The airport is a tool for the economy, its for the other businesses to grow their businesses using aviation. Its just sad to see that the current best and highest value for the Blue Ash airport is land development, when it really can be so much more. Is it kinda weird that I shed a tear while writing this knowing a great piece of aviation history is about to finish writing its story? (Once again, I am proving that I am a nerd, but an aviation one with a heart). Once Blue Ash is done writing, it'll be all over.
RIP Blue Ash! If anybody else finds an airport where you can taxi like a zig zag through the woods, please let me know.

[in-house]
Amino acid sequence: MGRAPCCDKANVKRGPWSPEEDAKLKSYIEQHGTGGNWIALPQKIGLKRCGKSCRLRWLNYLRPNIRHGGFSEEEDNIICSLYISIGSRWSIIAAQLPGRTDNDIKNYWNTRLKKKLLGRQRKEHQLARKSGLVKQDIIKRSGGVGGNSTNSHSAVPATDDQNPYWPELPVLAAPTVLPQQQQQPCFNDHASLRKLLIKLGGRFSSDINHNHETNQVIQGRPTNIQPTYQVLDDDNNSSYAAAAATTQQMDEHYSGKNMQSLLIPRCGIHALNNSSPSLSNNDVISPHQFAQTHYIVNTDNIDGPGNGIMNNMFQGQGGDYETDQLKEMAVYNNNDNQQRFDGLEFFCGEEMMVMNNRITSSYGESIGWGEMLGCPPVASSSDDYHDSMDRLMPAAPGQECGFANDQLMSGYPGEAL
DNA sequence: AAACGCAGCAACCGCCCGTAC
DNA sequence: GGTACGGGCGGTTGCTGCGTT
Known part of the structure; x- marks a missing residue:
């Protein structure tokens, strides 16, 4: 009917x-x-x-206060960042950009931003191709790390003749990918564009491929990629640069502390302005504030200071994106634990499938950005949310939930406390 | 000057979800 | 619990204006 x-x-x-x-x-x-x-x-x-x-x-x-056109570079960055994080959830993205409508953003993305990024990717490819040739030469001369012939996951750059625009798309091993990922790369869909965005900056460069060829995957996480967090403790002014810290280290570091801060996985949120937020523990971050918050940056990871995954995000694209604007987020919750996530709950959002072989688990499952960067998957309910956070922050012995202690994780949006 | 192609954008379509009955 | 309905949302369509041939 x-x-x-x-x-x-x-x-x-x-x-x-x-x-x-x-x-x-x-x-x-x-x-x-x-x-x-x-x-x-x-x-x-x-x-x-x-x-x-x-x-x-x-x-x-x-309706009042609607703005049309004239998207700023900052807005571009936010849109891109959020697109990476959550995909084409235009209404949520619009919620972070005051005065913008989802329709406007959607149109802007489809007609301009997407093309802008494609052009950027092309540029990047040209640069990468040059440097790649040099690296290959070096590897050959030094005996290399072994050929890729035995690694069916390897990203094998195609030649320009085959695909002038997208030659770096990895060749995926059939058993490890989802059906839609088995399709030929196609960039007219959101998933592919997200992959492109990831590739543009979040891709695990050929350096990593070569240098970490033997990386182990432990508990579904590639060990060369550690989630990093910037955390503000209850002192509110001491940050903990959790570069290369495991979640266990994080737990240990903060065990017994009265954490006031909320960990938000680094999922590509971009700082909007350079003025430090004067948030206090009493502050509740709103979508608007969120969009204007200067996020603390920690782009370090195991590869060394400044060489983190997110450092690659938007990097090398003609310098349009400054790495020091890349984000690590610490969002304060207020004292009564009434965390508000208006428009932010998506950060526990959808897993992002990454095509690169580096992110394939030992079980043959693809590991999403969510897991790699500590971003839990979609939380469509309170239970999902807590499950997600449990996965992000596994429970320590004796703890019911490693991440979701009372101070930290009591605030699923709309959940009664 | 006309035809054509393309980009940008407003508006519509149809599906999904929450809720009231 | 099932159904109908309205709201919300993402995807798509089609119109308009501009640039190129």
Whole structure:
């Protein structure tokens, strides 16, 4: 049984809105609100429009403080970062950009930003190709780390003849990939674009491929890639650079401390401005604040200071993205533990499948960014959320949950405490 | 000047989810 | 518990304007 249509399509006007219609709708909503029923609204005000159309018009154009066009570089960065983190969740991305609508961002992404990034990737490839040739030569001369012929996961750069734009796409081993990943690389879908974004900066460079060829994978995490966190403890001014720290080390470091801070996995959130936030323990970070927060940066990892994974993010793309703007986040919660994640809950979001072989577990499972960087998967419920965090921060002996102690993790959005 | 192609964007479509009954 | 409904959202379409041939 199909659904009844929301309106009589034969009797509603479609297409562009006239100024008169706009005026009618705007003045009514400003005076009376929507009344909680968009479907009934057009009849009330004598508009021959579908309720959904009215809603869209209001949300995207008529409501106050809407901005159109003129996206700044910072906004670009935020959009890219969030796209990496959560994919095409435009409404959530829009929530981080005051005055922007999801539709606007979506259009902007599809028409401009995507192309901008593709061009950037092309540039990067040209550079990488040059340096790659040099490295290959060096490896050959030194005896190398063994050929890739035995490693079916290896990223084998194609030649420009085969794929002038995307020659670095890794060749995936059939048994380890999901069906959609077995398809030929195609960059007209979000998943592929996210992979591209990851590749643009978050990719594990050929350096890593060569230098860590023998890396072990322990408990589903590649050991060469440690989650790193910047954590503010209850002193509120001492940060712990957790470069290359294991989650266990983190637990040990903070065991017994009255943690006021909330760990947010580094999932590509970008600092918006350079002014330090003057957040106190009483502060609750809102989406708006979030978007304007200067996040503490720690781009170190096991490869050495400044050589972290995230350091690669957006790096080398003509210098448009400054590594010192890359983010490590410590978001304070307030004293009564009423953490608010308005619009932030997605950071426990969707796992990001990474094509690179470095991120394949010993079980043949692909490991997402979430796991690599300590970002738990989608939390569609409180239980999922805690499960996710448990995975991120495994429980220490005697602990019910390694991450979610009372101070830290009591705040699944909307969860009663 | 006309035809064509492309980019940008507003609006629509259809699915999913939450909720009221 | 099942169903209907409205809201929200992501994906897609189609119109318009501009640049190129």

During a recent trip to KANE which is Anoka Co Blaine airport just north of MSP I came across a fleet of these strange flying machines being prepared for a weekend gathering of aircraft enthusiasts. There were three all in a row in airworthy condition parked in front with another 5 to 6 parked out back with pieces missing. I noticed a three tail design and large bubble shaped windows, honestly it reminded me of a gigantic bug. I could tell like many the aircraft was used in the military because of the familiar "NAVY GREY" paint and large US lettering on the aft fuselage. Wanting to learn more we approached a gentleman who was walking from the tent seen in the picture. For the next 20 minutes we were not at all dissapointed we heard the great need for the Mohawk during the Vietnam war and its amazing capabilities.